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American Back Roads delivers reviews of a Ray Charles classic album to new Leonard Cohen documentary

A downright rootsy roundup of cool new (or reissued) material.

Check out Americana releases and other genres in the Goldmine shop

  

By Bruce Sylvester

It's been a while since I checked in with a roundup of cool new (or reissued) material. Here goes. As usual, the range is broad.

  

Ray Charles' 1972 LP - A Message from the People

Ray Charles' 1972 LP - A Message from the People

Ray Charles's most socially concerned album ever, 1972's A Message from the People (originally on his own label, Tangerine, and now reissued through Exceleration Music Partners) is both hopeful and worried as it reflects the breadth of his musical vision. A cover of Stevie Wonder's 1970 hit “Heaven Help Us All” hits home even more now than then. A reggae take on John Denver's hit “Take Me Home, Country Roads” and his keeping (with a wink) Melanie's verse en francais in “What Have They Done to My Song, Ma” reach across nations. So does the cover art: Ray seated in tall grass with the faces of “Abraham, Martin and John”'s honorees hovering above four children of different ethnicities. On “America the Beautiful” (with rearranged verses), he exhorts us like a Baptist preacher for a final ray of hope.

  

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Yes, classical chamber music can fuse with blues harmonica. Check More Different Voices (Dawnserly) by Corky Siegel's Chamber Blues helmed by yesteryear's Siegel-Schwall Band's harp man. The voices extend from a Ukraine-born cantor's song of peace to Tracy Nelson (Corky's cohort in '60s Chicago's blues scene) revisiting her signature song, “Down So Low,” with her contralto – as ever – so poised that it almost resembles a classical delivery. Comic social commentary has been a staple of the blues. Looking at health care – or lack thereof – “Insurance”ranks with Camille West's “Toe to Toe with the HMO” from her days with Four Bitchin' Babes. Might Corky's poem “Penguins in the Opera House” be a spoof of proper attire?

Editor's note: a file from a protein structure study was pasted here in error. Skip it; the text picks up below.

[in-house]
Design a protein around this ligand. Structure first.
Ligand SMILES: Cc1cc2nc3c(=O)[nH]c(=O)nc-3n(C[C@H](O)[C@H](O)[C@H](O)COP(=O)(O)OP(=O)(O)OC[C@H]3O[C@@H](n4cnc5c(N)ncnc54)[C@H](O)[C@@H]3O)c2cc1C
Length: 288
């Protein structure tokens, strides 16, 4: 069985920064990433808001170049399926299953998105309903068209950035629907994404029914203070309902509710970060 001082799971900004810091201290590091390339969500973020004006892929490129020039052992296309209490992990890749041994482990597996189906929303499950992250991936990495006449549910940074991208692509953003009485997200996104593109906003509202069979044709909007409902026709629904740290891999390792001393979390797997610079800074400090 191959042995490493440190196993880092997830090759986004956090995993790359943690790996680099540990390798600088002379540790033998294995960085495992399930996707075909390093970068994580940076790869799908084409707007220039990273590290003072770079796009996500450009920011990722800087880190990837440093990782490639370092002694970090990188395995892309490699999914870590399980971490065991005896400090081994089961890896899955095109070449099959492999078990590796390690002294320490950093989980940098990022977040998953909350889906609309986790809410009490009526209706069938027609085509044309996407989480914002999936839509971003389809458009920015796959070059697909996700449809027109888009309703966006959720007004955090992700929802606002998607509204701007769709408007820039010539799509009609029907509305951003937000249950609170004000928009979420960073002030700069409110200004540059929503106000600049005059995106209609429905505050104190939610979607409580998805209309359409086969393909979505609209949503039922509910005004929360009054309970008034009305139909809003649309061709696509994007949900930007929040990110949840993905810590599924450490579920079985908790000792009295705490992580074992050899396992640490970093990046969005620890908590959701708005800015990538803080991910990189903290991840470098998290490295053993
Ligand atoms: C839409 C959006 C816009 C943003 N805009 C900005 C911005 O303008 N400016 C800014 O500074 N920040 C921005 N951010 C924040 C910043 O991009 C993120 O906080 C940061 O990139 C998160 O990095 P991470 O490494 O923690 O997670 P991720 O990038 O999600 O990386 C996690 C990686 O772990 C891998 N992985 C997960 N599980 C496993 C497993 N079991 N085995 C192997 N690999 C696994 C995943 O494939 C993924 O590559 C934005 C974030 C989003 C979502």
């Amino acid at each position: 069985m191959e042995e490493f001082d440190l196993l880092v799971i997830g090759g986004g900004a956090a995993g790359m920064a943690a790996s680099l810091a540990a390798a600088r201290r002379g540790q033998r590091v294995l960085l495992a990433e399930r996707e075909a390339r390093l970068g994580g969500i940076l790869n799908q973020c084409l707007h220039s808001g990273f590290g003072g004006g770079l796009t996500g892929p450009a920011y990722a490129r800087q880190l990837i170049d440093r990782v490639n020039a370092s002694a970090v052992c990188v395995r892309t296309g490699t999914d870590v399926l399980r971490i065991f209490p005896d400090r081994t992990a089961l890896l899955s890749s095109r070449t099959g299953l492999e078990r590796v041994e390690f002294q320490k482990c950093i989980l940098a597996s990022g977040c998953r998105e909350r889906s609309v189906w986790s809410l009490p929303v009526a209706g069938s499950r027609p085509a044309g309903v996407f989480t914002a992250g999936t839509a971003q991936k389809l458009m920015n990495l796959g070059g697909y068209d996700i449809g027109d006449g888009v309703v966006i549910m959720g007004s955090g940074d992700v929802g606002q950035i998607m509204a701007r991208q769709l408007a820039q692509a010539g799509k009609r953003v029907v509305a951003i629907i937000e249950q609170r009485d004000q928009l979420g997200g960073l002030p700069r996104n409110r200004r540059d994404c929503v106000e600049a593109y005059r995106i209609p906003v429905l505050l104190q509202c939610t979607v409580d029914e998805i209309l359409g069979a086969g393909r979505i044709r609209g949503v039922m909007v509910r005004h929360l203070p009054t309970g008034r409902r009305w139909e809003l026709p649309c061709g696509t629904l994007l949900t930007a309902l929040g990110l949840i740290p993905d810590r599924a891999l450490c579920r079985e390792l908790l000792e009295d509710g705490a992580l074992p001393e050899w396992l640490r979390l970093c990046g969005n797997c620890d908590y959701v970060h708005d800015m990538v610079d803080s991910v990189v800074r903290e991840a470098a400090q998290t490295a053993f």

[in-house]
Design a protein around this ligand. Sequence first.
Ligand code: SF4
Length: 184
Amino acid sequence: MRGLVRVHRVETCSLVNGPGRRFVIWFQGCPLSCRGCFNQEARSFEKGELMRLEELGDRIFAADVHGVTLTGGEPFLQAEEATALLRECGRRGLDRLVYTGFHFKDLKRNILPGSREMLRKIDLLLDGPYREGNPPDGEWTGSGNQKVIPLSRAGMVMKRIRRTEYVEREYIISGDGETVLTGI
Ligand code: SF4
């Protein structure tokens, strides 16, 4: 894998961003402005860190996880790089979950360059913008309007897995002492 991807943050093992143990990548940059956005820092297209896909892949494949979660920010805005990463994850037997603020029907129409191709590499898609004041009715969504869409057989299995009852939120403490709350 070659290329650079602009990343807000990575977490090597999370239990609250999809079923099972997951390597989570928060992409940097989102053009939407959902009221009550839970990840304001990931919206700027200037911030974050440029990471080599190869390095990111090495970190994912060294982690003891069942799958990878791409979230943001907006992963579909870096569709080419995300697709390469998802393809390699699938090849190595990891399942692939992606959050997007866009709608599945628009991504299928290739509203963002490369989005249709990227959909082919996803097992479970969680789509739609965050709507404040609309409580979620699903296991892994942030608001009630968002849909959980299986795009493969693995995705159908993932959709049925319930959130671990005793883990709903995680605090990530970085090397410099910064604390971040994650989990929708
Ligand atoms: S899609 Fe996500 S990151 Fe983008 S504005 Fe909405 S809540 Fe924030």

Nora Brown - Long Time to Be Gone - High Res

Brooklyn-born teenager Nora Brown's solo Long Time to Be Gone (Jalopy) takes us back to a pristine Appalachia via quiet traditional balladry and her rustic yet delicate playing on four banjos including an 1888 Ludscomb passed down in her family and – attesting to her talent – one loaned to her by the Library of Congress. The album title comes from “Rye Whiskey-Little Birdie.” Recording in historic Saint Ann's church in Brooklyn, “a cavernous space,” says Brown, “We experimented with the sound that different locations in the church produced. Mics were configured around the room. On a lot of the tracks you can hear the expanse of the space pretty clearly.”

 

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Self-titled The Local Honeys (La Honda) opens with the two women's late fellow Kentuckian Jean Ritchie's bittersweet “The L&N Don't Stop Here Anymore.” Then and S. turn to their own songs of their home state's rural past and present: a contemporary cold-blooded murder ballad to continue a folk tradition, an opioid addict's matter-of-fact comments. As for the fellow creatures Stokley grew up with, “Suppose we're all just animals with slightly different hides. …. I never got used to watching horses die. Count my pretty ponies when I greet the morning light.” Hobbs's vocals recall Gillian Welch's timbre. Producer Jesse Wells (on guitars, fiddle and mandolin) and the rest of Kentuckian Tyler Childers' band, The Food Stamps, move between bluegrass, folk and rock on this disc that – like Childers' – speaks directly to their home region and maybe the rest of us as well.